Me too, I absolutely detest glossy screens. I'm still holding on to my cMBP for the matte screen but it's getting old and wanting to die. Not sure what to do now, particularly considering the pricing of the new Glarebook Pros. I can't use one for more than 2 hours without getting a headache. The fact that these are standard is awful. I figured my cMBP was my last mac. Right now I'm considering Hackintoshing a Dell XPS 15. I feel like I don't have any other choice. MacOS is great. The hardware it runs on is overpriced for what you get.

I am a creative and I would never buy a glossy Display for work.
I would prefer a matte screen over a glossy one in the MacBook, but since there is no choice I have to live with it (Windows is no alternative for me).

Why do you think that a matte coating would affect color accuracy?
Afaik all High-end Displays for color critical work are non-glossy.
 

FineFuturity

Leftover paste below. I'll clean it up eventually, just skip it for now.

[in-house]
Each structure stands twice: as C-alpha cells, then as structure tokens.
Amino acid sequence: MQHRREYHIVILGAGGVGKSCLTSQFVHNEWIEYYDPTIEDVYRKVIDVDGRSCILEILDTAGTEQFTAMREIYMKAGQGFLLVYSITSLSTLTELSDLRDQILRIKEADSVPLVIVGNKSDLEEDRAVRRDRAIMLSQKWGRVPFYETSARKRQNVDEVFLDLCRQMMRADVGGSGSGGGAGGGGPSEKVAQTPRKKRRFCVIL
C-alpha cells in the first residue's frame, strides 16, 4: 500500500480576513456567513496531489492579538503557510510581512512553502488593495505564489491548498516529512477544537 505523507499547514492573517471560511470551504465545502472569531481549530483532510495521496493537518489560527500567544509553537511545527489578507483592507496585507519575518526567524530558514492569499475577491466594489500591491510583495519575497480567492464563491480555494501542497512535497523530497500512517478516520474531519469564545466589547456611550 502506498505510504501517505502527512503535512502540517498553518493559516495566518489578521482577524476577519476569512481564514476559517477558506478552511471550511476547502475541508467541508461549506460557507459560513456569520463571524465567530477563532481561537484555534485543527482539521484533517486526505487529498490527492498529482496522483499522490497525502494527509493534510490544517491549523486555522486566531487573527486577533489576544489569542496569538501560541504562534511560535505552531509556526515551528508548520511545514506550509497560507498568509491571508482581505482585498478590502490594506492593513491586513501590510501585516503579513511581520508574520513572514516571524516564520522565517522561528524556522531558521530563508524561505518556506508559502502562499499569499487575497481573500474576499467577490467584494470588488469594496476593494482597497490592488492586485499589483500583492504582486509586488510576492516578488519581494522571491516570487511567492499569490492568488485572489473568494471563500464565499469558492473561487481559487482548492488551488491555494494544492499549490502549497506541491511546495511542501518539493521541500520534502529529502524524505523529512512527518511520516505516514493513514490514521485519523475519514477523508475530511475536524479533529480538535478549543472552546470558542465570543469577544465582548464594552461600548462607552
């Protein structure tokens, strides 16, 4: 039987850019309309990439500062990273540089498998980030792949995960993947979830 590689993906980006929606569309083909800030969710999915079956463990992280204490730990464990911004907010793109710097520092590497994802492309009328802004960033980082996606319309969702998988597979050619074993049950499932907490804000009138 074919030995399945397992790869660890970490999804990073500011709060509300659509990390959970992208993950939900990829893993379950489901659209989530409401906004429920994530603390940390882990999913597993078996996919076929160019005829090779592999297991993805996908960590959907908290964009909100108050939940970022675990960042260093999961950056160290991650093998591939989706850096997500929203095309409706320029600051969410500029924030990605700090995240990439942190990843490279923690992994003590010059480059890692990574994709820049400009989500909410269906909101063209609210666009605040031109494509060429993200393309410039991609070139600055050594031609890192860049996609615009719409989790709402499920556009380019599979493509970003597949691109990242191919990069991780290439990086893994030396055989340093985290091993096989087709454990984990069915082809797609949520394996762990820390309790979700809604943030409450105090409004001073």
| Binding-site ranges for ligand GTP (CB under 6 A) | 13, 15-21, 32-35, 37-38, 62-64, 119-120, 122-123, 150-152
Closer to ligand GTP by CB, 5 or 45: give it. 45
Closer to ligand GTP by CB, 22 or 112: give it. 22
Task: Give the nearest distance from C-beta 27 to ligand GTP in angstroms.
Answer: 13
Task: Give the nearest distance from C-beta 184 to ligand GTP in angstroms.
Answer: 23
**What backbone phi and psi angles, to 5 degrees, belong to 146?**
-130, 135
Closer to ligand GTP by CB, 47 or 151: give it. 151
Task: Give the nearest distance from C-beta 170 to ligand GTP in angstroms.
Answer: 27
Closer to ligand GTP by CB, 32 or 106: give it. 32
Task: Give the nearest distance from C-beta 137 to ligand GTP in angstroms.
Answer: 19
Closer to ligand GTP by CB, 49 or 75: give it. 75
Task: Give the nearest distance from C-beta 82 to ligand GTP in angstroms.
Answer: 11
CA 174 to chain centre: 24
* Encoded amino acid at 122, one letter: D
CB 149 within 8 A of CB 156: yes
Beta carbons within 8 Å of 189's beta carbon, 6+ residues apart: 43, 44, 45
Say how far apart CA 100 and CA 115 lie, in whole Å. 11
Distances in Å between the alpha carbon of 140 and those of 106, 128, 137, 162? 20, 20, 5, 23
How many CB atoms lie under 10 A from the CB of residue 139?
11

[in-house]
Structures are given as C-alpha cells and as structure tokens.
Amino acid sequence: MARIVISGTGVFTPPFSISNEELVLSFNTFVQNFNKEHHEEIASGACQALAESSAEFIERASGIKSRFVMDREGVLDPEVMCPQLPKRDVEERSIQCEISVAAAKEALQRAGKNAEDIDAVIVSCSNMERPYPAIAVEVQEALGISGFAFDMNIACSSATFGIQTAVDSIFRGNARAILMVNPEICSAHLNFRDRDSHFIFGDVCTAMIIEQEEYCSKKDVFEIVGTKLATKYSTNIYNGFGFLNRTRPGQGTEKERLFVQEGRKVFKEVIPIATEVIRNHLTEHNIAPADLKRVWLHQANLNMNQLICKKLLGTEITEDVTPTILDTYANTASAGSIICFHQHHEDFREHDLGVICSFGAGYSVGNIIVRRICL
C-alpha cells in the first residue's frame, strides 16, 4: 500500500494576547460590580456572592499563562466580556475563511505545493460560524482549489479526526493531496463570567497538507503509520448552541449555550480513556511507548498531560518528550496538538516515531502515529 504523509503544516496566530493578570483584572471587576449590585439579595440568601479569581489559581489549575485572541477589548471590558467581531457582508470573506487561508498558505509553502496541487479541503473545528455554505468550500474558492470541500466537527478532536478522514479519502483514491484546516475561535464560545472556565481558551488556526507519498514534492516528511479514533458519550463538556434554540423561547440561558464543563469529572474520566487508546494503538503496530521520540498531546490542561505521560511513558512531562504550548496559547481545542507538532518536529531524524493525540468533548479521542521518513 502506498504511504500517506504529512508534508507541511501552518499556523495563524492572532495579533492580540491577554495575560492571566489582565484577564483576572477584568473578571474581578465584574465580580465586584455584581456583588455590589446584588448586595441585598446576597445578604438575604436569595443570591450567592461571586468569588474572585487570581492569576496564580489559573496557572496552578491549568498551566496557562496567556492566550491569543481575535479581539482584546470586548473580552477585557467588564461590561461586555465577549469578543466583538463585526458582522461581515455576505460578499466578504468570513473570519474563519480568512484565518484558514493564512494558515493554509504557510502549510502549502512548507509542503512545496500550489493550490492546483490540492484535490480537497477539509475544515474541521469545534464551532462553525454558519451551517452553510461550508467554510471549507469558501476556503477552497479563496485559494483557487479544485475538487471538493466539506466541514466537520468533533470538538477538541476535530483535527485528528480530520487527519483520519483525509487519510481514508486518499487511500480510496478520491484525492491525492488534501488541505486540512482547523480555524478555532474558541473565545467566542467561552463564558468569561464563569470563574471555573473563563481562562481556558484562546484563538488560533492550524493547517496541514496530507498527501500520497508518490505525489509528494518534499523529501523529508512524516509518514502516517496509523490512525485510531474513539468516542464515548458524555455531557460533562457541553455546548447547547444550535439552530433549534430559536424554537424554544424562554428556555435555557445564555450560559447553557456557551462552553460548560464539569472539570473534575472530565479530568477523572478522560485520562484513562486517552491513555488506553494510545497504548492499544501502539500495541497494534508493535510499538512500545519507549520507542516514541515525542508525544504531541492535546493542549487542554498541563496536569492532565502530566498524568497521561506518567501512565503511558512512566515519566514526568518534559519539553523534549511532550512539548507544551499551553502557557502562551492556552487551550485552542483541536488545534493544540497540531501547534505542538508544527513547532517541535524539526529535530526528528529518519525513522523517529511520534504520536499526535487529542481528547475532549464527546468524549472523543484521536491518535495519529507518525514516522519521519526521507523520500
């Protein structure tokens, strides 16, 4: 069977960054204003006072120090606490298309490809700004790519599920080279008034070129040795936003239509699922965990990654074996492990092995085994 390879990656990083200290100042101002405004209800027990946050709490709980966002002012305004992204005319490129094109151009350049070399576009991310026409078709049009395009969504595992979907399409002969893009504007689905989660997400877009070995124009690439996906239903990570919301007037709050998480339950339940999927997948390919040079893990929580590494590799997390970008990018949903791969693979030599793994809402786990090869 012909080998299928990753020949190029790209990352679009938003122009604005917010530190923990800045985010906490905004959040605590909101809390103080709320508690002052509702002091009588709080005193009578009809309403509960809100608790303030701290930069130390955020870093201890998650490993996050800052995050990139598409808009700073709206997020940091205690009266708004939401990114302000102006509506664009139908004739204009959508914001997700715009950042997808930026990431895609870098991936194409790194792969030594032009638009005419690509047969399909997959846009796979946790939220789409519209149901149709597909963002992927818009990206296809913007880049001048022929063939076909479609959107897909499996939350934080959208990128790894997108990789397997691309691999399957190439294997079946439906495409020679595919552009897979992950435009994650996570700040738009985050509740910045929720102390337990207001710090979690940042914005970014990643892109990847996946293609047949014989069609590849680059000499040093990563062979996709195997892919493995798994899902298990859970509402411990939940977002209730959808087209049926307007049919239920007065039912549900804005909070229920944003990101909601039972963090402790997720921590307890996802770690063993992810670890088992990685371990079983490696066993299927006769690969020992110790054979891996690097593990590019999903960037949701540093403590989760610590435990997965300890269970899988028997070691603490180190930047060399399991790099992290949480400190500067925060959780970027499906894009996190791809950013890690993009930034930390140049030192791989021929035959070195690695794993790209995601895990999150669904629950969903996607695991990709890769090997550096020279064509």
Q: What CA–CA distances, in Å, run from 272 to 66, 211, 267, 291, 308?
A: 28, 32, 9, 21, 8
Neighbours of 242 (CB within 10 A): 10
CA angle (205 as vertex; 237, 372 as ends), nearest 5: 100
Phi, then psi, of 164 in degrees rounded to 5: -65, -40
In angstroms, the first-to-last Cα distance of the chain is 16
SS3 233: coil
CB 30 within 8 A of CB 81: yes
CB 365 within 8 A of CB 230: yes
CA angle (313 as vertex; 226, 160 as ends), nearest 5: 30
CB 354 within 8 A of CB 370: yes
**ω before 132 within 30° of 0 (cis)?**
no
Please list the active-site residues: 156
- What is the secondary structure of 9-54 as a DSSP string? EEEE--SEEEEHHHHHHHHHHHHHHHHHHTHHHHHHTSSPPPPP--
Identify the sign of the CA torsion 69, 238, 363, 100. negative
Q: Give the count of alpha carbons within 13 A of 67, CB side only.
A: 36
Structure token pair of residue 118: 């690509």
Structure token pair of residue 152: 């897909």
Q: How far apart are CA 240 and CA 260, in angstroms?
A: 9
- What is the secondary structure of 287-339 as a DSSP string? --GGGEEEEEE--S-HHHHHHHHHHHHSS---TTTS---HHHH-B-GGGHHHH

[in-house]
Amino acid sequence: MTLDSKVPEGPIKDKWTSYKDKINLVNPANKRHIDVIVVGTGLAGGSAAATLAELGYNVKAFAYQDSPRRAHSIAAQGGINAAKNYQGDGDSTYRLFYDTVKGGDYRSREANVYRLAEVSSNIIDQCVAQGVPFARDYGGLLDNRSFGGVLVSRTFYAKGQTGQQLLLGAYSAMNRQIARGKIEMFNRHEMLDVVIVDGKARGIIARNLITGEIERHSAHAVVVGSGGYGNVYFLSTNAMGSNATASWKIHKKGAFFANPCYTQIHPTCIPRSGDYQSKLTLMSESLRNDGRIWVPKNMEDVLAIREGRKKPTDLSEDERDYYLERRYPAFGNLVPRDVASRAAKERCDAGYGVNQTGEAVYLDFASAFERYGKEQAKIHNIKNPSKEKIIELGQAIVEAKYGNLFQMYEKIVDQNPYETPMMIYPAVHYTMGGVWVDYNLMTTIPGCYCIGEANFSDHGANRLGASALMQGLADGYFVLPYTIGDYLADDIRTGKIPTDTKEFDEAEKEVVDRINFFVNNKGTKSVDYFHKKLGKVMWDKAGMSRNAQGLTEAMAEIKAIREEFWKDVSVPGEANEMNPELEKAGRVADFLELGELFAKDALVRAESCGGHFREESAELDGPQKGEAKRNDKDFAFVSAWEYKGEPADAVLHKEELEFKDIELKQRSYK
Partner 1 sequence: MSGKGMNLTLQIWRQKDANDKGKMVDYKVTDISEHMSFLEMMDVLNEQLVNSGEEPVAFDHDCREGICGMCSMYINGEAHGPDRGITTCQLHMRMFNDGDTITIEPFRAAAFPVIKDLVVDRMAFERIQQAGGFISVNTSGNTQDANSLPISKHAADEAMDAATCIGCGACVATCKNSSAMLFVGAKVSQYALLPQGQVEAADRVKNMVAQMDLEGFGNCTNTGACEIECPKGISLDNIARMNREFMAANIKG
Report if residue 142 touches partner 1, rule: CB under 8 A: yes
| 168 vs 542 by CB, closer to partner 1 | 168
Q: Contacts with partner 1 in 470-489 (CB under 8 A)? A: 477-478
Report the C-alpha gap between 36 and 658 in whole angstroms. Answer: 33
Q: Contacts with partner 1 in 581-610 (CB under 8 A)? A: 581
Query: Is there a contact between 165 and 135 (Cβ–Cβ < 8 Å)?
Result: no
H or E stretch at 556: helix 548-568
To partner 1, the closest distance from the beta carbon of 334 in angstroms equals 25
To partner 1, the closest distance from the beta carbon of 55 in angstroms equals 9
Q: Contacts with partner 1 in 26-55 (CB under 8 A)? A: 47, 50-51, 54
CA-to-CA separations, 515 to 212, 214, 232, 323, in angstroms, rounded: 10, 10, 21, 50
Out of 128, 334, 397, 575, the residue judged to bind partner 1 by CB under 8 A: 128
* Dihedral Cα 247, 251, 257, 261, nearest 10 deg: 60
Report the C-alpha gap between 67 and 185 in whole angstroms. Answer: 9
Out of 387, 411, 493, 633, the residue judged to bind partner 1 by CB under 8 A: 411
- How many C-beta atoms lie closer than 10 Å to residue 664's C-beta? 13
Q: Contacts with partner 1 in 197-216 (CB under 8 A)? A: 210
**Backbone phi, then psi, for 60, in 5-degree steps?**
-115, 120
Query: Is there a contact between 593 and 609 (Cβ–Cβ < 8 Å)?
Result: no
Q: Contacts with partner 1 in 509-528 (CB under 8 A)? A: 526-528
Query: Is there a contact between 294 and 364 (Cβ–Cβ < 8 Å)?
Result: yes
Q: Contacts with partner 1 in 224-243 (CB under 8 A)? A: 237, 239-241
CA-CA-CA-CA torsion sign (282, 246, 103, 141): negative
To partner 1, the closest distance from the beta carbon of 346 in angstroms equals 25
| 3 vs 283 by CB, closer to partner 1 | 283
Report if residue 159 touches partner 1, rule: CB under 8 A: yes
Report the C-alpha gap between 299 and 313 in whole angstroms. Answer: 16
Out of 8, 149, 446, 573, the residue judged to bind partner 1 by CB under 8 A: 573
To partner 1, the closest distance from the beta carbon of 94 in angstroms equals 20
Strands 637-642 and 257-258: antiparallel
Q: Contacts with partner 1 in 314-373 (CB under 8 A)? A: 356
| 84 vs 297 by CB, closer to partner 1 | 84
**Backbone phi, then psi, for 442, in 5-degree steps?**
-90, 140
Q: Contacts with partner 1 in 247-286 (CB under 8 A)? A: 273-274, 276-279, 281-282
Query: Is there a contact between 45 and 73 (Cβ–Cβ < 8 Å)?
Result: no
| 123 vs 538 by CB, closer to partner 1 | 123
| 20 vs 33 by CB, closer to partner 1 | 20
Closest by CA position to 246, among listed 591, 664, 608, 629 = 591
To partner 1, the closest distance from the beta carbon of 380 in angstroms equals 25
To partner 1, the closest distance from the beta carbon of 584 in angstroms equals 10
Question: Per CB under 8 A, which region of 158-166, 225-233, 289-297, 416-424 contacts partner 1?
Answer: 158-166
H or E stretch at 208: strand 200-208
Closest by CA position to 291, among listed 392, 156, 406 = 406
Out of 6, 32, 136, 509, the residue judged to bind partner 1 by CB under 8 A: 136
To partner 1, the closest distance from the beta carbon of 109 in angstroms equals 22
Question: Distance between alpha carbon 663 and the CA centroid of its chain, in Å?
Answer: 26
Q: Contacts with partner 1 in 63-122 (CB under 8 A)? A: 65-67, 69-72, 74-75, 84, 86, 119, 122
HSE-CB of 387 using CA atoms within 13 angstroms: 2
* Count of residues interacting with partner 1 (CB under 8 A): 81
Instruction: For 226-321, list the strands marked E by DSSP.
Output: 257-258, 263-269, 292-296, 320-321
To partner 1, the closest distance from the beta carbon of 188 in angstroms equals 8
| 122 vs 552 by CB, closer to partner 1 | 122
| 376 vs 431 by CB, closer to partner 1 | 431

macrumors regular
Feb 19, 2012
101
65
TX, United States
I use a matte-based screen protector on my MacBook Pro and my iPad Pro. It, in my mind, makes reading things easier, as matte finishes tends to ward off glares than clear/tempered glass ones. Also makes writing on my iPad Pro feel more like a piece of paper, as the surface becomes much less slippery.

The only downside with matte-based protectors is that they absorb the oils from your fingers, which affects the screen's color uniformity, especially on whites. Thankfully, this is resolved by simply cleaning the screen. Thing is, I am considering going back to a clear screen protector, though, since I'm not sure I can deal with this annoying downside anymore.